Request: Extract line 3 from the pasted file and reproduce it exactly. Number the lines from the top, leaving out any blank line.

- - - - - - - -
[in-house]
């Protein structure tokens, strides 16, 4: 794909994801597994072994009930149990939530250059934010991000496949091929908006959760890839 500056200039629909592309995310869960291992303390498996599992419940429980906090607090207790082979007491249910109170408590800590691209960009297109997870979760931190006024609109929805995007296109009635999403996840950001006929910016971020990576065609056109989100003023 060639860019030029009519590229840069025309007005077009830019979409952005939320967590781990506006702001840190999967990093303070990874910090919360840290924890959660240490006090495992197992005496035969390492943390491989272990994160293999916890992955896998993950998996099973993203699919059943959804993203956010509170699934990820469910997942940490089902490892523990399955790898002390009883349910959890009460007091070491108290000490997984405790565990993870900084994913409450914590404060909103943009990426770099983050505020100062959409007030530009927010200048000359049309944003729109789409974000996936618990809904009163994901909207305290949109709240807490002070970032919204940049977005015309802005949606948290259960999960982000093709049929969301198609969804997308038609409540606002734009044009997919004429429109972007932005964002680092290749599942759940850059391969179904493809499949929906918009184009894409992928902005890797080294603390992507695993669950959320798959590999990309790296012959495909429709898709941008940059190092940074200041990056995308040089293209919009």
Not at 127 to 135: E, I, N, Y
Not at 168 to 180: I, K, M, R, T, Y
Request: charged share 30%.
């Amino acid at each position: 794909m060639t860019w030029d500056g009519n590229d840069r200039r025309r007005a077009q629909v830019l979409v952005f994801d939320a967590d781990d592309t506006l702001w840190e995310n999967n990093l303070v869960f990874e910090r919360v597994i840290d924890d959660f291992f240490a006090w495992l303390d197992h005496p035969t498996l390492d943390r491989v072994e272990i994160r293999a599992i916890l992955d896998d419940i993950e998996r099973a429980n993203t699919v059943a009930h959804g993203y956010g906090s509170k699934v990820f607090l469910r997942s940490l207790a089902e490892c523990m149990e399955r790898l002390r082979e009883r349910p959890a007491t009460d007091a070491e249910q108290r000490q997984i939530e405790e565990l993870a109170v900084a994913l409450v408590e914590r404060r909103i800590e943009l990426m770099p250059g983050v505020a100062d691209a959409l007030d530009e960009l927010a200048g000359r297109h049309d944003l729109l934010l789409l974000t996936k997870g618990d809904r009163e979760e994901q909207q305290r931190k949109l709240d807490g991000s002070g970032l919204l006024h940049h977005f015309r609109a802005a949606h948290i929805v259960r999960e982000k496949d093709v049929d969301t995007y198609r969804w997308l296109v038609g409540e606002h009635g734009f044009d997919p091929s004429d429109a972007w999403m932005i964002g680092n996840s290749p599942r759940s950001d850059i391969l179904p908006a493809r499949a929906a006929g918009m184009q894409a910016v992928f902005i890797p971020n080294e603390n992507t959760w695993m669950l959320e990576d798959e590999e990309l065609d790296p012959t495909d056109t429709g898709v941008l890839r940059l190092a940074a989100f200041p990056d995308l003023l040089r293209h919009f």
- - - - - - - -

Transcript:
Not at 127 to 135: E, I, N, Y